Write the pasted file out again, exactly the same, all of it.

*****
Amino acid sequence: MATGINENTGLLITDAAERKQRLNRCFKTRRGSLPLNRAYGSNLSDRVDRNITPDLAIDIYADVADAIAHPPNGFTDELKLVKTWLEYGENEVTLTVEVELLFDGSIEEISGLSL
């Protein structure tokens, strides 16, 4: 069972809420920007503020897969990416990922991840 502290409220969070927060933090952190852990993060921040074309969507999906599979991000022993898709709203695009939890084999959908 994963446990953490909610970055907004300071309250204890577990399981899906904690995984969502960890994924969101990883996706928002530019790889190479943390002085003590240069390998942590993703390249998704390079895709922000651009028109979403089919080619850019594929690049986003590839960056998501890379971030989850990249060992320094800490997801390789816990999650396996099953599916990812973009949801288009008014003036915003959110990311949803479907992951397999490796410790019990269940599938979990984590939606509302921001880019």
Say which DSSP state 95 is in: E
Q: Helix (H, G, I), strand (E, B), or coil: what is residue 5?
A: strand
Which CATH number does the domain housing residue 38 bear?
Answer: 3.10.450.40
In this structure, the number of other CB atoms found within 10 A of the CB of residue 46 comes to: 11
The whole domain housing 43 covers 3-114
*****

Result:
Amino acid sequence: MATGINENTGLLITDAAERKQRLNRCFKTRRGSLPLNRAYGSNLSDRVDRNITPDLAIDIYADVADAIAHPPNGFTDELKLVKTWLEYGENEVTLTVEVELLFDGSIEEISGLSL
């Protein structure tokens, strides 16, 4: 069972809420920007503020897969990416990922991840 502290409220969070927060933090952190852990993060921040074309969507999906599979991000022993898709709203695009939890084999959908 994963446990953490909610970055907004300071309250204890577990399981899906904690995984969502960890994924969101990883996706928002530019790889190479943390002085003590240069390998942590993703390249998704390079895709922000651009028109979403089919080619850019594929690049986003590839960056998501890379971030989850990249060992320094800490997801390789816990999650396996099953599916990812973009949801288009008014003036915003959110990311949803479907992951397999490796410790019990269940599938979990984590939606509302921001880019």
Say which DSSP state 95 is in: E
Q: Helix (H, G, I), strand (E, B), or coil: what is residue 5?
A: strand
Which CATH number does the domain housing residue 38 bear?
Answer: 3.10.450.40
In this structure, the number of other CB atoms found within 10 A of the CB of residue 46 comes to: 11
The whole domain housing 43 covers 3-114